Everyone has a thin layer of tears that coats the front surface of our eyes. These tears keep our eyes healthy and comfortable, are needed for both overall eye health and clear vision. Dry eye occurs when your eyes don’t produce enough tears or produce tears that don’t have the proper chemical composition.
Dry eye symptoms can result from the normal aging process, hormonal changes, exposure to certain environmental conditions, problems with normal blinking, or from medications such as antihistamines, oral contraceptives or antidepressant. Dry eye can also be a symptom of general health problems, such as arthritis, or can result from UV exposure and environmental irritants.
The common symptoms of dry eye include stinging, gritty, scratchy and uncomfortable eyes, fluctuating vision, and a burning feeling or a feeling of a foreign body within the eye. In moderate to severe cases, you may experience blurred vision, light sensitivity or even periods of excess tearing.
During an eye examination, your Optometrist focuses on your general health, use of medications, and your home and work environments to determine what may be causing dry eye symptoms. Your Optometrist will also use a high-powered microscope and special dyes to evaluate the quality, amount and distribution of tears to detect signs of dry eyes.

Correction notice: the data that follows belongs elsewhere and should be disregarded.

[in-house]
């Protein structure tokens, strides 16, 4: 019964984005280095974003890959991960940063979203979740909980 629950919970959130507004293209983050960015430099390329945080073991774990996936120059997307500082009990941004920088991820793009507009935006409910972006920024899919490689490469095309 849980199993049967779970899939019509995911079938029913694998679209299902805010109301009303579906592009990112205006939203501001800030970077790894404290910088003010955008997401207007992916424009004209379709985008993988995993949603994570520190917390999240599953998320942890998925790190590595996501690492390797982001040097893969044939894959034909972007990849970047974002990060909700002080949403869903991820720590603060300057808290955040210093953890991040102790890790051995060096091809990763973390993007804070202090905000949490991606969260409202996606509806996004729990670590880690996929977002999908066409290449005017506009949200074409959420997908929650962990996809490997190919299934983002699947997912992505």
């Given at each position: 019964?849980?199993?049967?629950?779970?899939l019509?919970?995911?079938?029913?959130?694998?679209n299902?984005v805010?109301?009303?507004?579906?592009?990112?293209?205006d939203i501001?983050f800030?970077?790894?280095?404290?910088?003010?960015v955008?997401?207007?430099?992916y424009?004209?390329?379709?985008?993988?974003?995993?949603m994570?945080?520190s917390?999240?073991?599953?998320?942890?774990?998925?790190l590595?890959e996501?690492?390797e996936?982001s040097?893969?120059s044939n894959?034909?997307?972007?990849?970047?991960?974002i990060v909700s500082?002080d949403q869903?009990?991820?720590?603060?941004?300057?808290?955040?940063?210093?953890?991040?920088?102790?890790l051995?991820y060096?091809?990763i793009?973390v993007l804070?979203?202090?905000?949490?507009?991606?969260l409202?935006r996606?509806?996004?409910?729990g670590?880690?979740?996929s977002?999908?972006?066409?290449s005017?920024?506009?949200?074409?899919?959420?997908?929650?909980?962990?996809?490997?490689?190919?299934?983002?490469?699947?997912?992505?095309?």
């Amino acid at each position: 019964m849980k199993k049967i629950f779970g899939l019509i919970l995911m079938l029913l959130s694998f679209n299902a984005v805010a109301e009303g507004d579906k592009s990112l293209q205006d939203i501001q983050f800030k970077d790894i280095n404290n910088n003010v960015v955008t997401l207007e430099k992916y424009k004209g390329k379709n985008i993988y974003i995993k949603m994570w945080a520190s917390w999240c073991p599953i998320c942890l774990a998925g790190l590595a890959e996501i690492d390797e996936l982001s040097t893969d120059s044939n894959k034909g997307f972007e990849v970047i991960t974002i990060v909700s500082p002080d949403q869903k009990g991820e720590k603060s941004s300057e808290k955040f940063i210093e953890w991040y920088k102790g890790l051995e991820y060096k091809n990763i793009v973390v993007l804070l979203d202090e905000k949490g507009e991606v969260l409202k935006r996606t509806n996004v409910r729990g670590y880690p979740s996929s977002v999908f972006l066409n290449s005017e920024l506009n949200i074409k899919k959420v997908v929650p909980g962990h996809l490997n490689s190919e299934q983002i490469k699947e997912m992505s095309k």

If dry eye is left untreated, it can be harmful. Excessive dry eye can damage and possibly scar the sensitive corneal tissues of your eye, impairing vision. Dry eye can make contact lens wear more difficult.
Dry eye is usually chronic, and although there is no cure, your Optometrist can offer treatment to manage the condition and improve your comfort. Artificial lubricating eye drops or ointments may be used, and in more server cases, small plugs may be inserted in the corner of the eyelids to slow drainage and loss of tears. Treating any underlying systemic diseases, or changing your diet to include items such as fish or flax seed oil, can also be helpful at times. New prescription medications are now available to help your body produce more of its own tears.
Source: Doctors of Optometry of Canada